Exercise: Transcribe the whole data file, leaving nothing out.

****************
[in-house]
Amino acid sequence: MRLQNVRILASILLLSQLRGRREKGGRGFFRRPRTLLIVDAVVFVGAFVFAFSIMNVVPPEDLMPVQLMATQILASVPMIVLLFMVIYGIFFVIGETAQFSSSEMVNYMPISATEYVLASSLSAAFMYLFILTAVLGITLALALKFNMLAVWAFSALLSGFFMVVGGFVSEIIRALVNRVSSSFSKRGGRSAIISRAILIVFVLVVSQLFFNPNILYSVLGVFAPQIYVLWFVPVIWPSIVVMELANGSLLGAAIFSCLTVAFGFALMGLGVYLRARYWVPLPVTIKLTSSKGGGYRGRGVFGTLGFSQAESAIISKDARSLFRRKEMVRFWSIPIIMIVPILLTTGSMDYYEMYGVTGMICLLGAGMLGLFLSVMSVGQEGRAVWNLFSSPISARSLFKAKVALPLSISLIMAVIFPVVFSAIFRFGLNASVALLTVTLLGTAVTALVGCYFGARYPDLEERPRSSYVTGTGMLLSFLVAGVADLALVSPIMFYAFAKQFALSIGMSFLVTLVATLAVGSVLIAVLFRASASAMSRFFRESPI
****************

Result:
[in-house]
Amino acid sequence: MRLQNVRILASILLLSQLRGRREKGGRGFFRRPRTLLIVDAVVFVGAFVFAFSIMNVVPPEDLMPVQLMATQILASVPMIVLLFMVIYGIFFVIGETAQFSSSEMVNYMPISATEYVLASSLSAAFMYLFILTAVLGITLALALKFNMLAVWAFSALLSGFFMVVGGFVSEIIRALVNRVSSSFSKRGGRSAIISRAILIVFVLVVSQLFFNPNILYSVLGVFAPQIYVLWFVPVIWPSIVVMELANGSLLGAAIFSCLTVAFGFALMGLGVYLRARYWVPLPVTIKLTSSKGGGYRGRGVFGTLGFSQAESAIISKDARSLFRRKEMVRFWSIPIIMIVPILLTTGSMDYYEMYGVTGMICLLGAGMLGLFLSVMSVGQEGRAVWNLFSSPISARSLFKAKVALPLSISLIMAVIFPVVFSAIFRFGLNASVALLTVTLLGTAVTALVGCYFGARYPDLEERPRSSYVTGTGMLLSFLVAGVADLALVSPIMFYAFAKQFALSIGMSFLVTLVATLAVGSVLIAVLFRASASAMSRFFRESPI